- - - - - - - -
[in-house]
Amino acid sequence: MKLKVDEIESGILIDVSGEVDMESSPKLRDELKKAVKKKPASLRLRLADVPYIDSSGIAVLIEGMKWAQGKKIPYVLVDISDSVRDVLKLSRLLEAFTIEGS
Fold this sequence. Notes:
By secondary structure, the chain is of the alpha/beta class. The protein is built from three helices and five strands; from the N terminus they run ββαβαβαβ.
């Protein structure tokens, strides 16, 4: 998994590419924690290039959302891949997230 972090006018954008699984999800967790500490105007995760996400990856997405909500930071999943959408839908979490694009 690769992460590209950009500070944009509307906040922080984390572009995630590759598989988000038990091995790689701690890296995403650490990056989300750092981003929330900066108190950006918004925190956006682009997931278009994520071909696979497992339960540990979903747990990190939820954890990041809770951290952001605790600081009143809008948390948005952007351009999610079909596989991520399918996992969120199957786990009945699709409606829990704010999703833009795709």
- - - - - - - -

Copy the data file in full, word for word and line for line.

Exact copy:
[in-house]
Amino acid sequence: MKLKVDEIESGILIDVSGEVDMESSPKLRDELKKAVKKKPASLRLRLADVPYIDSSGIAVLIEGMKWAQGKKIPYVLVDISDSVRDVLKLSRLLEAFTIEGS
Fold this sequence. Notes:
By secondary structure, the chain is of the alpha/beta class. The protein is built from three helices and five strands; from the N terminus they run ββαβαβαβ.
């Protein structure tokens, strides 16, 4: 998994590419924690290039959302891949997230 972090006018954008699984999800967790500490105007995760996400990856997405909500930071999943959408839908979490694009 690769992460590209950009500070944009509307906040922080984390572009995630590759598989988000038990091995790689701690890296995403650490990056989300750092981003929330900066108190950006918004925190956006682009997931278009994520071909696979497992339960540990979903747990990190939820954890990041809770951290952001605790600081009143809008948390948005952007351009999610079909596989991520399918996992969120199957786990009945699709409606829990704010999703833009795709």